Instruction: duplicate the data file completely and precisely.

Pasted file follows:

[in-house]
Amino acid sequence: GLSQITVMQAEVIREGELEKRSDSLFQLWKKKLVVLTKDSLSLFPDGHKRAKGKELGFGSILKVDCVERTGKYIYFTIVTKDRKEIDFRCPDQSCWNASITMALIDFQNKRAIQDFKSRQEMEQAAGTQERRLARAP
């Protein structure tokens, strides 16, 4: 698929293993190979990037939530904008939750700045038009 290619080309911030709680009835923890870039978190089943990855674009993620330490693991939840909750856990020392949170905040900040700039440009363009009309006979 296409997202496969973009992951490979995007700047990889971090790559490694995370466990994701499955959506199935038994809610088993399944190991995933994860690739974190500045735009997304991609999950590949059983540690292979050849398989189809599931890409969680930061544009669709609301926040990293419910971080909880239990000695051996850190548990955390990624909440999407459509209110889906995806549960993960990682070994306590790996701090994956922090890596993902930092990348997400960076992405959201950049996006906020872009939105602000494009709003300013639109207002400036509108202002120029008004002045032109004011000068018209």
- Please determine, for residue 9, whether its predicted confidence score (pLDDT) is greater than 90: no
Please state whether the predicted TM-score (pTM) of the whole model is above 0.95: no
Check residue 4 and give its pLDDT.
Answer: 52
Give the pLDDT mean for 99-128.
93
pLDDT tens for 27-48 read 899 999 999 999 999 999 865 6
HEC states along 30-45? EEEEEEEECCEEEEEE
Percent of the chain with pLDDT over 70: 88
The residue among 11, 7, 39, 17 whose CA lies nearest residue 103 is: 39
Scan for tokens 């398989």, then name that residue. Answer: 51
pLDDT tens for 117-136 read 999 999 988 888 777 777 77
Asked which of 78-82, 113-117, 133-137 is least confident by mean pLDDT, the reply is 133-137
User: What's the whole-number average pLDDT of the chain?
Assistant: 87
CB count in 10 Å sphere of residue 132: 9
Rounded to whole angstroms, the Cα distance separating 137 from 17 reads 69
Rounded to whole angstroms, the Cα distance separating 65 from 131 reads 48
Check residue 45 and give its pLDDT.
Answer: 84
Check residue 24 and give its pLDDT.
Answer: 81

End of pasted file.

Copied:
[in-house]
Amino acid sequence: GLSQITVMQAEVIREGELEKRSDSLFQLWKKKLVVLTKDSLSLFPDGHKRAKGKELGFGSILKVDCVERTGKYIYFTIVTKDRKEIDFRCPDQSCWNASITMALIDFQNKRAIQDFKSRQEMEQAAGTQERRLARAP
């Protein structure tokens, strides 16, 4: 698929293993190979990037939530904008939750700045038009 290619080309911030709680009835923890870039978190089943990855674009993620330490693991939840909750856990020392949170905040900040700039440009363009009309006979 296409997202496969973009992951490979995007700047990889971090790559490694995370466990994701499955959506199935038994809610088993399944190991995933994860690739974190500045735009997304991609999950590949059983540690292979050849398989189809599931890409969680930061544009669709609301926040990293419910971080909880239990000695051996850190548990955390990624909440999407459509209110889906995806549960993960990682070994306590790996701090994956922090890596993902930092990348997400960076992405959201950049996006906020872009939105602000494009709003300013639109207002400036509108202002120029008004002045032109004011000068018209």
- Please determine, for residue 9, whether its predicted confidence score (pLDDT) is greater than 90: no
Please state whether the predicted TM-score (pTM) of the whole model is above 0.95: no
Check residue 4 and give its pLDDT.
Answer: 52
Give the pLDDT mean for 99-128.
93
pLDDT tens for 27-48 read 899 999 999 999 999 999 865 6
HEC states along 30-45? EEEEEEEECCEEEEEE
Percent of the chain with pLDDT over 70: 88
The residue among 11, 7, 39, 17 whose CA lies nearest residue 103 is: 39
Scan for tokens 């398989």, then name that residue. Answer: 51
pLDDT tens for 117-136 read 999 999 988 888 777 777 77
Asked which of 78-82, 113-117, 133-137 is least confident by mean pLDDT, the reply is 133-137
User: What's the whole-number average pLDDT of the chain?
Assistant: 87
CB count in 10 Å sphere of residue 132: 9
Rounded to whole angstroms, the Cα distance separating 137 from 17 reads 69
Rounded to whole angstroms, the Cα distance separating 65 from 131 reads 48
Check residue 45 and give its pLDDT.
Answer: 84
Check residue 24 and give its pLDDT.
Answer: 81